Rabbi Bleich concludes his article with an extremely revealing citation, from Maharal in Be'er HaGolah, where Maharal says that even if one does not accept his explanation of difficult passages in Chazal, one should not ascribe any defect to the words of the Sages. This is incredibly ironic, since Maharal's approach suffers from exactly the same drawbacks as Rabbi Bleich's article. In my monograph on The Sun's Path At Night, I showed how all the Geonim and Rishonim, bar none, understood the Gemara in Pesachim 94b according to its plain meaning, that Chazal believed the sun to travel behind the sky at night. Maharal, however, insists that Chazal were most definitively not talking about any such thing, due to his 16th century belief that they couldn't possibly have been wrong about such a matter, and simply does not address the fact that he is going against all the Geonim and Rishonim (amongst other problems with his approach). If Rabbi Bleich wishes to castigate me for my criticism of his article as being anachronistic and intellectually dishonest, then citing Maharal is hardly helping his case.

37 comments:

  1. Thank you for a series of interesting articles on Rabbi Bleich and spontaneous generation. A small suggestion - instead of reacting to Rabbi Bleich's borderline ad-hominem attacks on your position with borderline ad-hominem attacks of your own, just ignore them or make sure that all your reactions are ad-rem.

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  2. there is a bias in favor of black and white, right and wrong. This causes people to say that since the Talmud is a great book then everything it says must be literally true. it also causes the exaggerated belief in science even in areas where it does not apply. The mystery to me in all this is the rambam who from what i can tell simply did not see any contradiction between reason and faith and in fact saw a strong connection.

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  3. "(Let me be clear: I am not insisting that the only valid approach is that of Rav Herzog and Rav Glasner. I am certainly sympathetic to those who would follow Rav Lampronti's approach and forbid them - as long as they face up to the ramifications of this for other areas of halachah.)"

    Just to be clear then, do you just coincidentally find Rav Herzog's reasoning correct, or did those possible ramifications you mention affect your judgement? Do you think those ramifications ought to affect one's decision (as you seem to imply)? Chazal declared that a woman prefers (a bad) marriage to being alone. Are you sympathetic to the idea that this is no longer the case?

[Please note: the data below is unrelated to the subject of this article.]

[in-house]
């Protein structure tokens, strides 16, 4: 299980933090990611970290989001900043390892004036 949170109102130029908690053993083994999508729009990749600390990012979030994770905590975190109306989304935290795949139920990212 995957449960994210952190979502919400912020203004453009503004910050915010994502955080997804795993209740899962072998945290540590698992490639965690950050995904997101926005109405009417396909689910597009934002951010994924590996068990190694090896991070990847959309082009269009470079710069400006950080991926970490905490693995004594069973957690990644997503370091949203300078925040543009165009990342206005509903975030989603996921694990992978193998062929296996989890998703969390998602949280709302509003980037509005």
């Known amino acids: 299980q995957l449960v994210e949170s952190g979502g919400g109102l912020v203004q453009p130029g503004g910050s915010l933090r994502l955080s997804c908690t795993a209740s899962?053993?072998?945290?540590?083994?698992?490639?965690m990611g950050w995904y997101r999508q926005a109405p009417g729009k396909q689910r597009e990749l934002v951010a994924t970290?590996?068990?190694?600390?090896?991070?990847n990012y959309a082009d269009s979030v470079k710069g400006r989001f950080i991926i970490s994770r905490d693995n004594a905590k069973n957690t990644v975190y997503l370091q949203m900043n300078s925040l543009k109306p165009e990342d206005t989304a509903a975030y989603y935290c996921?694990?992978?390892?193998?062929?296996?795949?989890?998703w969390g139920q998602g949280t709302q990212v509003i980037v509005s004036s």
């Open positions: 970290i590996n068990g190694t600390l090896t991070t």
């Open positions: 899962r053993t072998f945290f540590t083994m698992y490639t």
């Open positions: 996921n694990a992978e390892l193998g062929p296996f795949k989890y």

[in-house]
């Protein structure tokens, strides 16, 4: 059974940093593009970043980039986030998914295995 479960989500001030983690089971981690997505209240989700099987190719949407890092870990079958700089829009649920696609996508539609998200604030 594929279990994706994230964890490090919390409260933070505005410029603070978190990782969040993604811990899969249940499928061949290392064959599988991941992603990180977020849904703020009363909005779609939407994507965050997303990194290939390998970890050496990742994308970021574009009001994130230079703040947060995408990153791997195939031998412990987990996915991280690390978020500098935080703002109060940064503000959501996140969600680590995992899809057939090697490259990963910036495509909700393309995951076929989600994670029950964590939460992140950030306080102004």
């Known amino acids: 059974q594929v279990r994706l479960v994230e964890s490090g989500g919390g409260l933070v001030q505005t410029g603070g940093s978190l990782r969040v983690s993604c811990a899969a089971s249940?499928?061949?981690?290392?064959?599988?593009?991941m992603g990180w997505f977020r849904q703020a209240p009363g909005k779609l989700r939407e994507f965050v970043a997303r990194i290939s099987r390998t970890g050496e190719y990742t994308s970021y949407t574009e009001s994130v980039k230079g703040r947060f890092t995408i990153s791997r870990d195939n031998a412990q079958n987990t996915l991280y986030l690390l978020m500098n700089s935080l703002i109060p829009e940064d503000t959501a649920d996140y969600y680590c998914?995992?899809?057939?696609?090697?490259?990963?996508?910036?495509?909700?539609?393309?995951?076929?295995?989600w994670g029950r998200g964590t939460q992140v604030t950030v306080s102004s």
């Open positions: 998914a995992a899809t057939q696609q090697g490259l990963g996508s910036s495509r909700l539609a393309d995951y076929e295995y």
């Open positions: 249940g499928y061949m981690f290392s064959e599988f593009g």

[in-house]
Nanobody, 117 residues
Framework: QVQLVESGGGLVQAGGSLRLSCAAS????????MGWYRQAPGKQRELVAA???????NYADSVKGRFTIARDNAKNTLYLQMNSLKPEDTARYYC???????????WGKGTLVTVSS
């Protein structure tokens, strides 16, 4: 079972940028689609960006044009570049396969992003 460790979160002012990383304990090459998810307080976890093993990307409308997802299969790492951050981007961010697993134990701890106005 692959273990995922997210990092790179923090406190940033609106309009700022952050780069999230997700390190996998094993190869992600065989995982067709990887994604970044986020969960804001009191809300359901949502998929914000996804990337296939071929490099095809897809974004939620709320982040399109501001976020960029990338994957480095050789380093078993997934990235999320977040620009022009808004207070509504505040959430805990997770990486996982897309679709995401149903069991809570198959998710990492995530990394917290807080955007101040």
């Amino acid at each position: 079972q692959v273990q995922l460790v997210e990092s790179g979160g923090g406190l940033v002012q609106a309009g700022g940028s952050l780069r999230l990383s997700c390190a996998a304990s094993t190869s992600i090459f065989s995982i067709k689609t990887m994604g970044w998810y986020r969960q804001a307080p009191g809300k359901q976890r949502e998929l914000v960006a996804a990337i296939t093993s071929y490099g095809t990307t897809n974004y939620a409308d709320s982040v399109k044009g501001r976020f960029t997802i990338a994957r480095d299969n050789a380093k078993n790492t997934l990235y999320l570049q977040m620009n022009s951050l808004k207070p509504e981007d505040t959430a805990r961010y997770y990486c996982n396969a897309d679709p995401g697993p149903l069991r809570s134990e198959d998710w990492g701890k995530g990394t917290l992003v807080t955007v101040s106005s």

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  4. "do you just coincidentally find Rav Herzog's reasoning correct, or did those possible ramifications you mention affect your judgement?"

    I can't know what subconsciously motivates me!

    "Do you think those ramifications ought to affect one's decision (as you seem to imply)?"

    Yes.

    "Chazal declared that a woman prefers (a bad) marriage to being alone. Are you sympathetic to the idea that this is no longer the case?"

    No idea. I'm a zoorabbi, Jim, not a sociologist.

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  5. "I can't know what subconsciously motivates me!"

    Sometimes we can. Sometimes we need to trick ourselves into telling ourselves the truth by imagining scenarios where our biases are removed. Imagine a Muslim with a similar problem, would you have recommended maintaining the law?

    "Yes."

    Interesting. So perhaps the influence need not be subconscious? You are saying that even if one believes that the halachic system requires the changing of a law, it ought to be maintained for fear of "ramifications." You seem to be advocating being a-halachic in such scenarios for fear of "ramifications" (presumably some type of social engineering problem, please elaborate).